As this issue was being finalized in early December, it was hard to avoid general-media stories about forthcoming Covid-19 vaccines. While the pandemic’s end may not be around the corner, it seems there’s at least a road map to such a goal, even if it might take most of 2021 to reach it. Since I’ve used this space over the last several months to detail some of the aviation industry upheavals we’ve all experienced because of the pandemic, it’s time to speculate on what it may look like in the near term. As Yogi Berra famously said, “It’s tough to make predictions, especially about the future.”
One thing comes immediately to mind: Virtual aviation events have become a thing, and likely will continue. For example, the National Business Aviation Association just concluded its first VBACE—Virtual Business Aviation Convention and Exhibition—and seems to have pulled it off. It’s too soon to gauge reaction, or for any decisions on future virtual events of the same scale, but other organizations will have to make a choice soon. While I and thousands of my closest friends are looking forward to once again attending fly-in events like Sun ‘n Fun and AirVenture, it’s likely the market for smaller virtual events will continue, even with full recognition they really aren’t a substitute for the in-person experience.
Just before VBACE, the General Aviation Manufacturers Association (GAMA) released its Q3 2020 aircraft shipments and billings report. To no one’s surprise, turboprop and bizjet deliveries were down about 25 percent but, drum roll please, the numbers for piston-powered airplanes were up slightly. “Encouraging” is how GAMA President and CEO Pete Bunce characterized the rebound in certain sectors. “This is reflected in what aviators have witnessed over the past few months at GA airports on both sides of the Atlantic where flight activity is robust, particularly in the flight school arena,” he added. And for the first time, GAMA is reporting certified electric-powered aircraft deliveries.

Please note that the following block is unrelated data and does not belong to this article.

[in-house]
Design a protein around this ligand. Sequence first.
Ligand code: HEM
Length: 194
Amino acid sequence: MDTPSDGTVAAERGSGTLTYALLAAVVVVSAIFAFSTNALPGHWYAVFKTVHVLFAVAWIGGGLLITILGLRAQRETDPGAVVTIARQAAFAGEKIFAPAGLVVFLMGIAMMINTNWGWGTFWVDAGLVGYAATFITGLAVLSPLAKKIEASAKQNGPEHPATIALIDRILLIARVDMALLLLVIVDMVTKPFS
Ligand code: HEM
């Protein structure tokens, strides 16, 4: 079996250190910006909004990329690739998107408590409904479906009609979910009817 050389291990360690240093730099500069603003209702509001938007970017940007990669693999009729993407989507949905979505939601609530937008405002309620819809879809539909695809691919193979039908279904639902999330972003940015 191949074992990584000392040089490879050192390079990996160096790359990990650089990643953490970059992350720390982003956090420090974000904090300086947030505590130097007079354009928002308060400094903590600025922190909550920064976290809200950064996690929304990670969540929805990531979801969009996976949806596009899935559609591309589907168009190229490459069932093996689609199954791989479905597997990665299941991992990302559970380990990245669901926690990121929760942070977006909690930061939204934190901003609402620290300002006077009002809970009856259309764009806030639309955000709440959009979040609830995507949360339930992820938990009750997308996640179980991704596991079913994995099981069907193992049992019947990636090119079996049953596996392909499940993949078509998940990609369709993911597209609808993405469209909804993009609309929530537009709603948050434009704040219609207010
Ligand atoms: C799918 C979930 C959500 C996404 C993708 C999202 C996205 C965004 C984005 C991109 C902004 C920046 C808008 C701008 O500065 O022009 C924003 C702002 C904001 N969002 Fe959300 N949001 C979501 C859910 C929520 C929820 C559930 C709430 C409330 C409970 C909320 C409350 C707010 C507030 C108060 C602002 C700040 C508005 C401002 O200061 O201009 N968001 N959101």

Will the airlines recover from the pandemic? Sure, but they likely will need a few years to get back to “normal.” Adjusting my Yogi Berra hat more snugly, I’d add that major airlines will be flying fewer businesspeople, who have learned to work and conduct meetings virtually, and more passengers traveling for personal reasons, many of whom will simply need to get out of the house.
Will the general aviation segment look different in, say, 2025 than it did in 2019? Absolutely, with electric aircraft and even more automation becoming mainstream. As I’ve said before, those who figure out leveraging general aviation’s freedom and flexibility, and its privacy and security, will create new markets. I, for one, will welcome our new entrepreneurial overlords.
— Jeb Burnside